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The Health Benefits of Root Vegetables

The Health Benefits of Root Vegetables

The Health Benefits of Root Vegetables

Winter is often associated with warming Root vegetables as many of these nutritious vegetables come into season just in time for the cooler months.  Root vegetables include potatoes, carrots, turnips, parsnip, beetroot, celeriac just to name a few.  These amazing vegetables have rich nutritional profile and offer numerous health benefits, particularly for peri-menopausal women. Incorporating root vegetables into your diet during perimenopause can provide many essential nutrients including fibre, antioxidants, vitamins and minerals. 

1. Rich in Essential Nutrients

Root vegetables are packed with vitamins, minerals, and antioxidants essential for maintaining health during perimenopause:

Carrots and Sweet potatoes are rich in beta-carotene, also known as pro-vitamin A and Vitamin C, as such they will support your skin and immune health. Vitamin C is used to build collagen.  Try grating Carrot into a salad.  

Potatoes, sweet potatoes beets, and turnips are excellent sources of potassium, which helps regulate blood pressure and maintain fluid balance.  

Beetroot is high in polyphenols and antioxidants which help to reduce inflammation.  They are also a good source of iron needed for oxygen transport around the body. Beetroot is delicious juiced with apple, celery and ginger all of which are great for cardiovascular health and will help your skin glow.

Some root vegetables are also rich in Calcium and Magnesium, so incorporating roots vegetables into your diet may also help protect your bones against osteoporosis

Fibre found in them helps to promote healthy digestion, prevent constipation, and help control blood sugar levels.  Fibre also helps to bind excess hormones in the digestive system, preventing them from re-entering circulation, which can be useful for fluctuating oestrogen levels.


2. Supports Hormonal Balance

Sweet Potatoes have been found to be source of phytoestrogens and as such may be useful in the prevention of some symptoms of perimenopause such as hot flushes. Phytoestrogens are plant compounds that can mimic estrogen in the body, helping to alleviate symptoms of estrogen decline.

A 2005 study replaced 2/3 of the participants staple food of rice with yam or sweet potato significantly improved biomarkers of menopausal women commonly associated with health conditions of menopause such as lipid profiles.  I always recommend eating a variety of foods.

Many women experience low energy, and low mood during perimenopause.  Root vegetables are rich source of B vitamins, which play an important role in hormone production and regulation, energy metabolism, and overall mood stabilization,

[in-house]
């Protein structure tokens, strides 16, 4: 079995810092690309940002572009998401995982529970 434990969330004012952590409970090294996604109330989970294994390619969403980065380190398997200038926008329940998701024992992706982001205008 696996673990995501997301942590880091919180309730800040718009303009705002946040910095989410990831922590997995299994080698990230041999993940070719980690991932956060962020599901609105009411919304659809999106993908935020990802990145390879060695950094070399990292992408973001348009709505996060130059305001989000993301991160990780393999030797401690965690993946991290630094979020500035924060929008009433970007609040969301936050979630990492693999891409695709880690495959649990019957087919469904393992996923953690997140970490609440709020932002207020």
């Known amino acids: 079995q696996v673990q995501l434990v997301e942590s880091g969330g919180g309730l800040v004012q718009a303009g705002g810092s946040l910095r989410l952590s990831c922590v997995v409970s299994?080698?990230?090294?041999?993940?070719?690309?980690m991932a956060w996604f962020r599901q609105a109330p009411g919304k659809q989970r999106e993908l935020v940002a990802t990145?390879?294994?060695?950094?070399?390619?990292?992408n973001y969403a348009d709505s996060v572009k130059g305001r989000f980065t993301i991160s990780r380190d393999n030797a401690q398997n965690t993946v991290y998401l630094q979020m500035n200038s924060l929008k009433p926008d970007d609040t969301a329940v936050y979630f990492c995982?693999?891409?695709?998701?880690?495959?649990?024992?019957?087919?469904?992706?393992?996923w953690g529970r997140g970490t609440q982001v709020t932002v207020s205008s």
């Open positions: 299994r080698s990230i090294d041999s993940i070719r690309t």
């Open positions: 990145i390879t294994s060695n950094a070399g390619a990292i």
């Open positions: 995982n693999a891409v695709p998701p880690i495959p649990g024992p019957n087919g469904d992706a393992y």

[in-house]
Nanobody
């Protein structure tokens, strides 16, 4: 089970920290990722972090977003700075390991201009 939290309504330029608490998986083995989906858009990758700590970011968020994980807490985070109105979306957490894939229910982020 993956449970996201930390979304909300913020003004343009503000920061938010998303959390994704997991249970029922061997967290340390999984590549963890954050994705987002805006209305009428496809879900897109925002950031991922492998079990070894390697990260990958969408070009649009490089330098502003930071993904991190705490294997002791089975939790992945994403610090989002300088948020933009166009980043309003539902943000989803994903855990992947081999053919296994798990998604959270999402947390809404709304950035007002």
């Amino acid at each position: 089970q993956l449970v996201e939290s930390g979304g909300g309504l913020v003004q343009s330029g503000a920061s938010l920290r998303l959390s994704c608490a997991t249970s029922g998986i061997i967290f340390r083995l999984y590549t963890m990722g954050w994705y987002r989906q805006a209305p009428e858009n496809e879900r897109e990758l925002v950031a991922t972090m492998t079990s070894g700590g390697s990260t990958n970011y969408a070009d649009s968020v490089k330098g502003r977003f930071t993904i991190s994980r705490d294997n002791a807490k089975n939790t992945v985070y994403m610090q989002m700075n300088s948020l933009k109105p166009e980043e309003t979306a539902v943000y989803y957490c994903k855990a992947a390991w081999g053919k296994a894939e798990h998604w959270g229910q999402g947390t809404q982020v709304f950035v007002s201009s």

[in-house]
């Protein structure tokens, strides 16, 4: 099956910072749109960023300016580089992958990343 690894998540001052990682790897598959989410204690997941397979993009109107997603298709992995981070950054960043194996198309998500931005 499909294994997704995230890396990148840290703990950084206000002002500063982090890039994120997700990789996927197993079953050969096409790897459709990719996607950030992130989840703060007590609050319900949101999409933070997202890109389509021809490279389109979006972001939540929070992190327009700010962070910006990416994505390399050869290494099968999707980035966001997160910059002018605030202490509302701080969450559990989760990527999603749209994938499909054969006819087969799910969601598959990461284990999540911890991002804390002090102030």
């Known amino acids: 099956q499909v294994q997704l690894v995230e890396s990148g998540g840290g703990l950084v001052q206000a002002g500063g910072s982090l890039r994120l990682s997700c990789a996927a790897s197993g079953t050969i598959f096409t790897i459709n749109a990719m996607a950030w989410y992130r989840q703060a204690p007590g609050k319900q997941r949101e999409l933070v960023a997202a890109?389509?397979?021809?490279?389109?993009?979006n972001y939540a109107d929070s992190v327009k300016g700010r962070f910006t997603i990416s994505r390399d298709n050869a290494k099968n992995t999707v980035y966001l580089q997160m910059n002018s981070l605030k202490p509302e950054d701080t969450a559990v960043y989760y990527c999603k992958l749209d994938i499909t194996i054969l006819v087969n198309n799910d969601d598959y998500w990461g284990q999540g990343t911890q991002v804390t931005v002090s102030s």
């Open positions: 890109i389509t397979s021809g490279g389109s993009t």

3. Aids in Weight Management

Many women find that during perimenopause it becomes harder to lose weight, and what worked for them in the past no longer works.  This is partly due to a decline in estrogen and other hormones, and due to lower stress resilience.  Many women start to skip meals to cut calories, and this can be the worst possible thing to do, as it further drives the stress hormone cortisol causing visceral to fat to increase.  For many women including root vegetables into the diet may feel counterintuitive but they are low in calories and nutrient dense as discussed above, making them an excellent choice for weight management.  Because they are rich in fibre it leaves you feeling fuller for longer


4. Promotes Heart Health

Cardiovascular health should be a concern for all perimenopausal women due to decreasing hormone levels causing changes to cholesterol profiles which can increase the risk of heart disease:

Potatoes, sweet potatoes and yams are high in potassium and may help regulate blood pressure, reducing the risk of hypertension and cardiovascular disease.

They are also a rich source of Soluble fibre which helps lower LDL ("bad") cholesterol levels, promoting heart health.


5. Enhances Digestive Health

Good digestive health is essential for nutrient absorption and overall well-being, especially during perimenopause:  It is now known that the gut microbiome also contains species which help with the metabolism of hormones such as estrogen in addition to all the other roles it known to control.

The high fibre content in root vegetables promotes regular bowel movements, preventing constipation and supports the all-important gut microbiome.  The fibre is metabolised by the gut microbiome to provide energy.

Some root vegetables, such as Jerusalem artichokes, contain prebiotics that feed beneficial gut bacteria, enhancing gut health and immunity.


So enjoy a variety of root vegetables in your diet this winter.   


Recipe:  Winter Root Vegetable Roast 


Posted on 9 June 2024
Author:Elemental Health
Tags:NutritionPreventative medicineGut healthMenopause

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